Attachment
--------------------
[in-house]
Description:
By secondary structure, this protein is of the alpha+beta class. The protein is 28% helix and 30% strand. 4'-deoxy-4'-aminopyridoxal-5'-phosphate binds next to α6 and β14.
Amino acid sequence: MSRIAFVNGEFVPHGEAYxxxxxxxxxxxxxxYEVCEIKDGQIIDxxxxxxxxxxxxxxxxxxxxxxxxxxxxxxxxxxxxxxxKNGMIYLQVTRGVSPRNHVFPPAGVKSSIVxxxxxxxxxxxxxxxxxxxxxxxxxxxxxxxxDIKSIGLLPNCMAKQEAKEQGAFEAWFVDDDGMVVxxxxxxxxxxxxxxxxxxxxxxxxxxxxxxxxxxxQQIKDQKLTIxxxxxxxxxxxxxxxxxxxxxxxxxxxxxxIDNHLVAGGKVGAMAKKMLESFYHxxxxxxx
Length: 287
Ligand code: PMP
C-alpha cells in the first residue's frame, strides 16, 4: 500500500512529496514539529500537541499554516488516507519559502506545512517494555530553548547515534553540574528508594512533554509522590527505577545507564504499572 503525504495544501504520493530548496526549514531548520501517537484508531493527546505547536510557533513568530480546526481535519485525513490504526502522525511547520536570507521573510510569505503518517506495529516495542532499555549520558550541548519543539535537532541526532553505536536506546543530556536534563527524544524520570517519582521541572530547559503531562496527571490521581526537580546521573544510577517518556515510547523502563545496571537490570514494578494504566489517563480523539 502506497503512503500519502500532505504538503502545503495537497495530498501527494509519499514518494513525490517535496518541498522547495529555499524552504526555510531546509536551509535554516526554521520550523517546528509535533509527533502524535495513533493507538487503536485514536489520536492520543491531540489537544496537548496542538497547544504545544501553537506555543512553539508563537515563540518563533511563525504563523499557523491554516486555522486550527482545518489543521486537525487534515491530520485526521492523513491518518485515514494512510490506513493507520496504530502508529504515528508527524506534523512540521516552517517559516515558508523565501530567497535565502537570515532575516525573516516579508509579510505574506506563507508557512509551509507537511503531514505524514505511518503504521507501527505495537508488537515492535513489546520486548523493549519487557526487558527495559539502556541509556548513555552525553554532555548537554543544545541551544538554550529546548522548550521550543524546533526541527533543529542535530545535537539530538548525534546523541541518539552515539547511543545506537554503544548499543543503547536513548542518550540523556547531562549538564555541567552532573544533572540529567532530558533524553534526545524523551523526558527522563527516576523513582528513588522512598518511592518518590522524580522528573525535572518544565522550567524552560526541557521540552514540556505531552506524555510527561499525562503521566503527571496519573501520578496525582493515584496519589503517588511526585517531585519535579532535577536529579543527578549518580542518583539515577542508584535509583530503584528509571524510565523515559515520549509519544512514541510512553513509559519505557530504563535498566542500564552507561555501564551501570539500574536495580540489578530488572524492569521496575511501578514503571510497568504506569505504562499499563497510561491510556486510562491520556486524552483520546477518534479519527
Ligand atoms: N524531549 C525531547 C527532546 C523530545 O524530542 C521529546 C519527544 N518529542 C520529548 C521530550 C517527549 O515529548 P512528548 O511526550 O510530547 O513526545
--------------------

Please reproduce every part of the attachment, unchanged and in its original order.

[in-house]
Description:
By secondary structure, this protein is of the alpha+beta class. The protein is 28% helix and 30% strand. 4'-deoxy-4'-aminopyridoxal-5'-phosphate binds next to α6 and β14.
Amino acid sequence: MSRIAFVNGEFVPHGEAYxxxxxxxxxxxxxxYEVCEIKDGQIIDxxxxxxxxxxxxxxxxxxxxxxxxxxxxxxxxxxxxxxxKNGMIYLQVTRGVSPRNHVFPPAGVKSSIVxxxxxxxxxxxxxxxxxxxxxxxxxxxxxxxxDIKSIGLLPNCMAKQEAKEQGAFEAWFVDDDGMVVxxxxxxxxxxxxxxxxxxxxxxxxxxxxxxxxxxxQQIKDQKLTIxxxxxxxxxxxxxxxxxxxxxxxxxxxxxxIDNHLVAGGKVGAMAKKMLESFYHxxxxxxx
Length: 287
Ligand code: PMP
C-alpha cells in the first residue's frame, strides 16, 4: 500500500512529496514539529500537541499554516488516507519559502506545512517494555530553548547515534553540574528508594512533554509522590527505577545507564504499572 503525504495544501504520493530548496526549514531548520501517537484508531493527546505547536510557533513568530480546526481535519485525513490504526502522525511547520536570507521573510510569505503518517506495529516495542532499555549520558550541548519543539535537532541526532553505536536506546543530556536534563527524544524520570517519582521541572530547559503531562496527571490521581526537580546521573544510577517518556515510547523502563545496571537490570514494578494504566489517563480523539 502506497503512503500519502500532505504538503502545503495537497495530498501527494509519499514518494513525490517535496518541498522547495529555499524552504526555510531546509536551509535554516526554521520550523517546528509535533509527533502524535495513533493507538487503536485514536489520536492520543491531540489537544496537548496542538497547544504545544501553537506555543512553539508563537515563540518563533511563525504563523499557523491554516486555522486550527482545518489543521486537525487534515491530520485526521492523513491518518485515514494512510490506513493507520496504530502508529504515528508527524506534523512540521516552517517559516515558508523565501530567497535565502537570515532575516525573516516579508509579510505574506506563507508557512509551509507537511503531514505524514505511518503504521507501527505495537508488537515492535513489546520486548523493549519487557526487558527495559539502556541509556548513555552525553554532555548537554543544545541551544538554550529546548522548550521550543524546533526541527533543529542535530545535537539530538548525534546523541541518539552515539547511543545506537554503544548499543543503547536513548542518550540523556547531562549538564555541567552532573544533572540529567532530558533524553534526545524523551523526558527522563527516576523513582528513588522512598518511592518518590522524580522528573525535572518544565522550567524552560526541557521540552514540556505531552506524555510527561499525562503521566503527571496519573501520578496525582493515584496519589503517588511526585517531585519535579532535577536529579543527578549518580542518583539515577542508584535509583530503584528509571524510565523515559515520549509519544512514541510512553513509559519505557530504563535498566542500564552507561555501564551501570539500574536495580540489578530488572524492569521496575511501578514503571510497568504506569505504562499499563497510561491510556486510562491520556486524552483520546477518534479519527
Ligand atoms: N524531549 C525531547 C527532546 C523530545 O524530542 C521529546 C519527544 N518529542 C520529548 C521530550 C517527549 O515529548 P512528548 O511526550 O510530547 O513526545